An Alaska fishing crew had no warning from bilge alarms when their 53-foot purse seiner began flooding below deck and ultimately capsized, according to a new report from the National Transportation Safety Board.

The Hotspur was transiting through Dixon Entrance on Aug. 2, 2022, when the vessel began listing to port, according to the NTSB summary released Feb. 6.

As the listing increased, the captain and four crewmembers abandoned the vessel to a life raft and were rescued by good Samaritan vessels. Within about 20 minutes of the crew noticing the list, the vessel capsized and sank. 

NTSB investigators determined the accident likely began with

flooding into the Hotspur’s lazarette, causing the vessel to lose stability, capsize and sink near Nunez Rocks, off the southern tip of Prince of Wales Island, Alaska.

The captain and four crewmembers abandoned the vessel to a liferaft. The Hotspur was declared a total loss at an estimated value of $1.2 million.

Built in 1988 by Workboats Northwest Inc., of Seattle, Wash., in 1988, the boat was acquired in 1995 by Hotspur Inc., a company owned by the captain of the vessel, who outfitted it as a purse seiner.

In addition to the captain, the crew consisted of four deckhands (one senior deckhand, one deckhand, and two junior deckhands). The captain had 39 years of experience in the fishing industry and 27 years running the Hotspu

On the day of the accident the Hotspur he was crossing the Clarence Strait on a northwesterly course at 6 knots, with the captain and senior deckhand in the wheelhouse, when they noticed the vessel listing slightly to port. Due to the port list, the captain decided to go down to the engine room and check the bilges and fuel tank levels while the senior deckhand remained at the helm.

In the engine room, the captain tried to correct the port list by draining (gravity transfer) some diesel fuel oil out of the port mid tank to the starboard day tank. During the transfer, the captain checked the engine room bilge and day tanks and noted that “everything looked normal, the bilge and everything looked fine.”

About 5 minutes into the fuel transfer, the senior deckhand noticed increased rolling to port. He saw the seas entering main aft deck via the freeing ports, submerging the vessel’s port quarter. He left the helm to notify the captain in the engine room that “we’re really listing now.” They both made their way up to the wheelhouse, and the captain took control of the helm and “tried to turn the boat into the [list].” However, he told investigators that “it just kept going and going and going.”

The captain recognized their dangerous situation and instructed the senior deckhand to alert the other crewmembers, who were in the galley at the time, to prepare the liferaft for abandoning ship. About 7:30 p.m., the captain used a handheld VHF radio to broadcast a distress call on channel 16. The nearby fishing vessel Lady Kodiak and sport fishing vessel The Codfather II responded to the call and diverted to assist.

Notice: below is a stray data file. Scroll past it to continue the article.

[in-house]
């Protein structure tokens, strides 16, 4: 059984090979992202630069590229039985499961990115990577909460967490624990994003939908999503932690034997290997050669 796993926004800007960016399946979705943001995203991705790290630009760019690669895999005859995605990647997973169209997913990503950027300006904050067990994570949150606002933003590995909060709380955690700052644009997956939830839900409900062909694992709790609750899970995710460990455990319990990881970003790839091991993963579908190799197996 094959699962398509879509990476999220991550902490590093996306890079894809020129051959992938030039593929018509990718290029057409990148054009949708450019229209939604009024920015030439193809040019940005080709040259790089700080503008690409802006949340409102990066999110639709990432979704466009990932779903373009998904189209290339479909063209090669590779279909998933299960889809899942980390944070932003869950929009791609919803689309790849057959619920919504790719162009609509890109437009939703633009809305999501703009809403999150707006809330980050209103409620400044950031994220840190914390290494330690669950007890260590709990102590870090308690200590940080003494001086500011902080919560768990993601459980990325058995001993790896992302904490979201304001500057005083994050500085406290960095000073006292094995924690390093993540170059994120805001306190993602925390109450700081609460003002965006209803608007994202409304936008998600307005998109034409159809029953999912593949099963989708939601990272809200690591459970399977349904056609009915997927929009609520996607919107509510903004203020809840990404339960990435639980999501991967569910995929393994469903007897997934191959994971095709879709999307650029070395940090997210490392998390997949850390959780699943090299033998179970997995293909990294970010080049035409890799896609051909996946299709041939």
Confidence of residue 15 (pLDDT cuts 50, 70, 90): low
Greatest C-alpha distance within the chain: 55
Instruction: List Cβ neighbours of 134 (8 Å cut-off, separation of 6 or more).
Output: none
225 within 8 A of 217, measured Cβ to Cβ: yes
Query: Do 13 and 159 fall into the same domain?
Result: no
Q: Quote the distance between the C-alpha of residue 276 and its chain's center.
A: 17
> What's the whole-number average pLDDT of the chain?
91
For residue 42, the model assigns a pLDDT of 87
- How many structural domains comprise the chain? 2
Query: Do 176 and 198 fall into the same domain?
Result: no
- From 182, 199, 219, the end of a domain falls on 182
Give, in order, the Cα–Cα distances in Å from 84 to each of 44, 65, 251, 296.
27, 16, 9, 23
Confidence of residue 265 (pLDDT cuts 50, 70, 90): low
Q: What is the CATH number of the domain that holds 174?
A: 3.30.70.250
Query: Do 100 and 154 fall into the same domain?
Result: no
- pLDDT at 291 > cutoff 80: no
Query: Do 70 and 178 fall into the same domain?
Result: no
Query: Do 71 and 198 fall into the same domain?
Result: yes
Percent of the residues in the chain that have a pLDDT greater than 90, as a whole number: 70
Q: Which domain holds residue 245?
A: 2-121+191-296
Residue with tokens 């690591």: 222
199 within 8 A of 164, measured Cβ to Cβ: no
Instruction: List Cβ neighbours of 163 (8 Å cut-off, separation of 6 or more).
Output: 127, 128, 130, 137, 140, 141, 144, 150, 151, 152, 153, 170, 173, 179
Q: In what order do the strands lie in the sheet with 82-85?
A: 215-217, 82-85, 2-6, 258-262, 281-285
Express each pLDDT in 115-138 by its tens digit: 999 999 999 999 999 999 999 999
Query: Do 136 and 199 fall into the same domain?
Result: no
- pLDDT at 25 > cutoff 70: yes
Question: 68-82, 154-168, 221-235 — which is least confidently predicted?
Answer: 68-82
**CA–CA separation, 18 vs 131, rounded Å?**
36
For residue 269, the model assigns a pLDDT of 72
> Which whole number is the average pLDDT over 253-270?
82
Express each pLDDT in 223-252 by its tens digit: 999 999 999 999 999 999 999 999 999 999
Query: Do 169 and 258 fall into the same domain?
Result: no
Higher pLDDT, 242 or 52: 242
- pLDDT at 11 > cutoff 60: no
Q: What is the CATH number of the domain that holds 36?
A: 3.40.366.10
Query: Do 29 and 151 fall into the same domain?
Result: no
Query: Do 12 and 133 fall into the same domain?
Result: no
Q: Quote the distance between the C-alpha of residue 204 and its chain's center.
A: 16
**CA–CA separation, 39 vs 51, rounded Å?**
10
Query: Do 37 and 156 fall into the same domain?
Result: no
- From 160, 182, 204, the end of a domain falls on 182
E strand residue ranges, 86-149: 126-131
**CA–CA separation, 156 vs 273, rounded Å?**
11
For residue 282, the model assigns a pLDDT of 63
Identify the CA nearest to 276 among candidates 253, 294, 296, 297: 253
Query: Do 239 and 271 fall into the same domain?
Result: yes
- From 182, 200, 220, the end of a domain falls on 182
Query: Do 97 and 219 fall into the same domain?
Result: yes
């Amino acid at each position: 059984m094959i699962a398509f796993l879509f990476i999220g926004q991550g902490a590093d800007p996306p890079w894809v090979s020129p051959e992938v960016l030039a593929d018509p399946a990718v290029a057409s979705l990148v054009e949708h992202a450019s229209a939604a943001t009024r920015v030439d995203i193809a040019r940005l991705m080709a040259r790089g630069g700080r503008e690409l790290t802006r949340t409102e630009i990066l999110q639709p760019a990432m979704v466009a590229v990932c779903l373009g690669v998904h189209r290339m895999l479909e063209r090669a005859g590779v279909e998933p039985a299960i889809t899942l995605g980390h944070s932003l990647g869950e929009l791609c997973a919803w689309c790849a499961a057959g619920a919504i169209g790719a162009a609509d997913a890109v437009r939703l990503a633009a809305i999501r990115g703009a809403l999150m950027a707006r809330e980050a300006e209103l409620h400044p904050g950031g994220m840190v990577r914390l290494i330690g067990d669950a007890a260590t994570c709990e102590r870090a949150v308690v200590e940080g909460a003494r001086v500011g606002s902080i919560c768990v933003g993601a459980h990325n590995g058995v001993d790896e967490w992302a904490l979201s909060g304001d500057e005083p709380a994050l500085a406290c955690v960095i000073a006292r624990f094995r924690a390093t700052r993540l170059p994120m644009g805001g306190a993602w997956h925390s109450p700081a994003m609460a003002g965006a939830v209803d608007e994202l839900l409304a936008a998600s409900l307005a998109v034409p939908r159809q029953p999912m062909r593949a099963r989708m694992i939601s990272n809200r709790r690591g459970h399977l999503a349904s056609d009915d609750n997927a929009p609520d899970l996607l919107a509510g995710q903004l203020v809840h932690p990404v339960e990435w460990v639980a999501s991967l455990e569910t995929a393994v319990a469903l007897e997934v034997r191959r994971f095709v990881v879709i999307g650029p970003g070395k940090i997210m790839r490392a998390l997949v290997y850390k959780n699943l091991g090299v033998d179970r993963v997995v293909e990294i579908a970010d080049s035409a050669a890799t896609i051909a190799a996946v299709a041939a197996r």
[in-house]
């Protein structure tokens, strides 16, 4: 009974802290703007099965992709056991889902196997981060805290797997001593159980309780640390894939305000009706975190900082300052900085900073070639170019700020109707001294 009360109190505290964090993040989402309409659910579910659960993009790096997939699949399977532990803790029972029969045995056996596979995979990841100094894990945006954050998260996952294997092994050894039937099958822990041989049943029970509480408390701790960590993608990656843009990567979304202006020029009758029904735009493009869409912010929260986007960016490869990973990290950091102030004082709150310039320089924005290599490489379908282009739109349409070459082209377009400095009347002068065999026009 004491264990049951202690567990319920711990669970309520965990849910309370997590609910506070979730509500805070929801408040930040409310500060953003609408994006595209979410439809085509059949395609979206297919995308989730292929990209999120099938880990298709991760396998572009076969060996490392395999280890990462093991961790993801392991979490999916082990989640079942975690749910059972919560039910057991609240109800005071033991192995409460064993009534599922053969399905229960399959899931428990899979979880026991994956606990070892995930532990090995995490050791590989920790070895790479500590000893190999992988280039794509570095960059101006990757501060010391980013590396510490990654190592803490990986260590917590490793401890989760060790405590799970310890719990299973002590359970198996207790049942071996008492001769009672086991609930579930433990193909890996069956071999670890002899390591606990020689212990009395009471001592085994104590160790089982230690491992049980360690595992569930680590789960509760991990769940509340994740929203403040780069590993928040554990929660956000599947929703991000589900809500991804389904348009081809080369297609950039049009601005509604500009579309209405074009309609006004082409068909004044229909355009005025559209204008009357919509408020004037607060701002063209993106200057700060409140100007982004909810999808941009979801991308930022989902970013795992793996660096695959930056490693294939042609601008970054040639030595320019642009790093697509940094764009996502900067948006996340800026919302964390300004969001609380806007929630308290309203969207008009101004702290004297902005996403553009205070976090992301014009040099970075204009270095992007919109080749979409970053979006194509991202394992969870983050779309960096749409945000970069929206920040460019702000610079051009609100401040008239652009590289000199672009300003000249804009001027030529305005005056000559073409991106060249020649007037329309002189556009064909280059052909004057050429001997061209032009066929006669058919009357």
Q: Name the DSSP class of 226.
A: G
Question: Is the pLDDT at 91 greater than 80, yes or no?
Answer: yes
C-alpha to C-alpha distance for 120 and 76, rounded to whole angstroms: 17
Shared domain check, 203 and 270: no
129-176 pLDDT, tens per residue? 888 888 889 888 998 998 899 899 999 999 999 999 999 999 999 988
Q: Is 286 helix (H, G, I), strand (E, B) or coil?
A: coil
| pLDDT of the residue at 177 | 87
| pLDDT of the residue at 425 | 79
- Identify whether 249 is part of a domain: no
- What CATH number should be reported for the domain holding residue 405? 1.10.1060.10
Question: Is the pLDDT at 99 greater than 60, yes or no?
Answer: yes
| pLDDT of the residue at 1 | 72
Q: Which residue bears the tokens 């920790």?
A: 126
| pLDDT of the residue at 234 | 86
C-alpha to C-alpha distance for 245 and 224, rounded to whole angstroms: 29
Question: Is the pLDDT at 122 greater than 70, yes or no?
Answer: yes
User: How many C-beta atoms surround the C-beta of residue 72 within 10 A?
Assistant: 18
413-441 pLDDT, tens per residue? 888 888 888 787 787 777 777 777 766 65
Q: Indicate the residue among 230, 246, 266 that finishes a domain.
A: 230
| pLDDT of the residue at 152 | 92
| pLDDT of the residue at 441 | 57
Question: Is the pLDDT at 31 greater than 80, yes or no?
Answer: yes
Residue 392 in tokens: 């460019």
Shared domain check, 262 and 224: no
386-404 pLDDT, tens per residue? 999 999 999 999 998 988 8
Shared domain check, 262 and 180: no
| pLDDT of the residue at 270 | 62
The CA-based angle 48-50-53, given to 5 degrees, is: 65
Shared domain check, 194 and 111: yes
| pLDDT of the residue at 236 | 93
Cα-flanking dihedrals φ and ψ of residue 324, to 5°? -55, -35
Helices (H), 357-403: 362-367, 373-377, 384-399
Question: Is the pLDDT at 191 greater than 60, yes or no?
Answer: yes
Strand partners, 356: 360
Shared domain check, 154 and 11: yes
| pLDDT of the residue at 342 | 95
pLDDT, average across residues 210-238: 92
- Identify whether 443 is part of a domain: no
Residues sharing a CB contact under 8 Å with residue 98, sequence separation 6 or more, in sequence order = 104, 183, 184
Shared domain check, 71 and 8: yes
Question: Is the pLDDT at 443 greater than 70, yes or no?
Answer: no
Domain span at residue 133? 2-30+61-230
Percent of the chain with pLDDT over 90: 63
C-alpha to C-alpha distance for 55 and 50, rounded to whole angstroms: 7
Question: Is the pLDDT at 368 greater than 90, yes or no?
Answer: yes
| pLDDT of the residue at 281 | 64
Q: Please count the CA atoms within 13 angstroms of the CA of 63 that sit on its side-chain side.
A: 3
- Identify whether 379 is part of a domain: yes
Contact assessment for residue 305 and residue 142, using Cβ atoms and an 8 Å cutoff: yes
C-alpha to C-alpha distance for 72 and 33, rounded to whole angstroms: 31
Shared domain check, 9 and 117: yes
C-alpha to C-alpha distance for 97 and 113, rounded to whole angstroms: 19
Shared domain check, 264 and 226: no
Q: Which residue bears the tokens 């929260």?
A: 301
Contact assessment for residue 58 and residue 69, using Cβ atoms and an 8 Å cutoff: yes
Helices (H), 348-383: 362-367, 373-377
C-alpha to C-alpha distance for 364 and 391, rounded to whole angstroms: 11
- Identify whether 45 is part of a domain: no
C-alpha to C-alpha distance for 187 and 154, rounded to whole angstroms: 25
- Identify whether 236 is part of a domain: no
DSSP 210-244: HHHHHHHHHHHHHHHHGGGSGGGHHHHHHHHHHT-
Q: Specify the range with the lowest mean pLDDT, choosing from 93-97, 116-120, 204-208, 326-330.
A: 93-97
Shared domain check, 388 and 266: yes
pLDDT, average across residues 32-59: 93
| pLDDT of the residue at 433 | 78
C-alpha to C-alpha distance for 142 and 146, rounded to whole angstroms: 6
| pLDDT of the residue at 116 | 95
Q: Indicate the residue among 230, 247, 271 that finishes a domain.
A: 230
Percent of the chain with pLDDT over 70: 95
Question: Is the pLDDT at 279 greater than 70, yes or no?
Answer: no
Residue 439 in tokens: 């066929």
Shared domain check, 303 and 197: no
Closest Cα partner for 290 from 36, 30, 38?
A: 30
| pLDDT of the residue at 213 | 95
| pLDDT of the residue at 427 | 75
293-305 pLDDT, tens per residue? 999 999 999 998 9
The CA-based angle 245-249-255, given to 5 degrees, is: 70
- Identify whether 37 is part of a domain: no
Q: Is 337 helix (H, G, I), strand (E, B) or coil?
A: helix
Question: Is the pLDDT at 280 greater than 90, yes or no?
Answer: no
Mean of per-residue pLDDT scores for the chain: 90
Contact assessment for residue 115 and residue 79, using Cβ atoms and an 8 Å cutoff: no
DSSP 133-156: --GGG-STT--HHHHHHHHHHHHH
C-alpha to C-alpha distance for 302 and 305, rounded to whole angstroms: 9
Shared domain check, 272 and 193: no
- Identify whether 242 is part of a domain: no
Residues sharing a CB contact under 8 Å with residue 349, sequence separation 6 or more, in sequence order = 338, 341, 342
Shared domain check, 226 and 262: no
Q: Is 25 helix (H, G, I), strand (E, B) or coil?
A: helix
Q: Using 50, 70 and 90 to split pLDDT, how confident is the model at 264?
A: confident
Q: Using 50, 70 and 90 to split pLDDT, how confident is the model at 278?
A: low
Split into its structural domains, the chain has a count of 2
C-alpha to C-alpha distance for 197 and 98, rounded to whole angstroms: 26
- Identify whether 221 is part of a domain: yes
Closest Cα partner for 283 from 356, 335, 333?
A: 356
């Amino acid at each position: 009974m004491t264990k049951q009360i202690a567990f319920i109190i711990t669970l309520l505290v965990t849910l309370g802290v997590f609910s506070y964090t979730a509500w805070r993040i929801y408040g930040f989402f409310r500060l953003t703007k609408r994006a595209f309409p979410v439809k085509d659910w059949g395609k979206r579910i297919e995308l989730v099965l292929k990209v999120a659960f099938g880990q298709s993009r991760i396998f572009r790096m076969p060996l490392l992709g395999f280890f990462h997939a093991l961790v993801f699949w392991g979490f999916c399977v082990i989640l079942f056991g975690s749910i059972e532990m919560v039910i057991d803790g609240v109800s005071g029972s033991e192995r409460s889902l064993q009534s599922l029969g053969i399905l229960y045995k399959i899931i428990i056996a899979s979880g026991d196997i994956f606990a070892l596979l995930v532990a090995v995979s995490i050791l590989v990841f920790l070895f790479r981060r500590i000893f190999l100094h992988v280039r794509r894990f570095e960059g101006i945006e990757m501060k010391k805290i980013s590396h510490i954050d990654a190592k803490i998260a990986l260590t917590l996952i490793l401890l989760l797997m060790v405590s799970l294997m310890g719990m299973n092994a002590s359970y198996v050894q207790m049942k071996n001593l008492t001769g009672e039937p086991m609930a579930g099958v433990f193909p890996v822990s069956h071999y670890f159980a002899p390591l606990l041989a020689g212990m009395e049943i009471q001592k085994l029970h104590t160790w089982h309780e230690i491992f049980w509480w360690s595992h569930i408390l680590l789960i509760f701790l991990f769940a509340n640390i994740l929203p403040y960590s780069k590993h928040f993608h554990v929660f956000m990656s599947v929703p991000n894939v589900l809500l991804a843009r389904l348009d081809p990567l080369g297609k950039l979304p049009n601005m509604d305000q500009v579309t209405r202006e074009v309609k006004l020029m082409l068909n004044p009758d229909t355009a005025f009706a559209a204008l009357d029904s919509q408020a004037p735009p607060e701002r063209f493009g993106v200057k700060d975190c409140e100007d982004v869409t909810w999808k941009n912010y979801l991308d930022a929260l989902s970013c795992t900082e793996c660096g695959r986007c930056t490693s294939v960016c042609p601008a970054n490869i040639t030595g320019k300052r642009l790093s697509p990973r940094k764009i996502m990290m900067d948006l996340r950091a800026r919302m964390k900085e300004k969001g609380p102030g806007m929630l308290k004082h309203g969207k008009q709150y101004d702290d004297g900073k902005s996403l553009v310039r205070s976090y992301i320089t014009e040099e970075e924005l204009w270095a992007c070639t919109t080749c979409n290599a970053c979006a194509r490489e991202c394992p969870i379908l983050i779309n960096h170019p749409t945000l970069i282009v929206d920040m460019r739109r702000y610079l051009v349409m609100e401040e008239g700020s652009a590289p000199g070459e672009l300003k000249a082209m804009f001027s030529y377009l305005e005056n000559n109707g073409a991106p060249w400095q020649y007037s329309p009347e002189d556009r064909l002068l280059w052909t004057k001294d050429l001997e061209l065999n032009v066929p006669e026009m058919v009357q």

The bilge alarms did not sound in the wheelhouse before the vessel list became severe. Investigators determined the alarms in the port void space or the lazarette were most likely inoperative. Had the bilge/water alarm level systems in these spaces been operable, the crew could have acted earlier to address the list.

 “Automatic high-water bilge alarms are intended to provide crews with an early warning of vessel flooding,” the report concluded. “In inaccessible spaces, or small spaces with limited means or ability to inspect underway, bilge level-monitoring alarms are often the sole means to alert operators of space flooding. Operators should periodically test bilge high-water alarms and follow best marine practices and manufacturer recommendations for inspection and maintenance.”

The Hotspur was not salvaged so a post-casualty vessel examination could not be performed, the NTSB report notes.

 “The captain and crewmembers said they were not aware of any damage to the vessel along the transit,” according to the report. “However, the hull plating in the engine room had corrosion and wastage that required repairs 3 weeks before the voyage. Without evidence that the vessel was damaged or that flooding originated from another source, it is possible that the flooding was caused by deterioration of the hull plating in another area, which went undetected. “

With the short time between the captain first noticing a list and the vessel capsizing, investigators determined the vessel likely had limited stability while underway immediately before the flooding. Because the Hotspur was less than 79 feet, it was not subject to U.S. Coast Guard commercial fishing vessel stability requirements. Without stability calculations and stability instructions, the vessel’s operator had limited understanding of the vessel’s center of gravity.

While Hotspur was functionally stable, the loading may not have provided an adequate margin of stability. The weight of the flood water, the free surface effect from the partially filled fuel tanks and the free surface created by the flooding decreased the vessel’s remaining stability, resulting in capsizing.  

The full NTSB  Marine Investigation Report 24-03 is available online.

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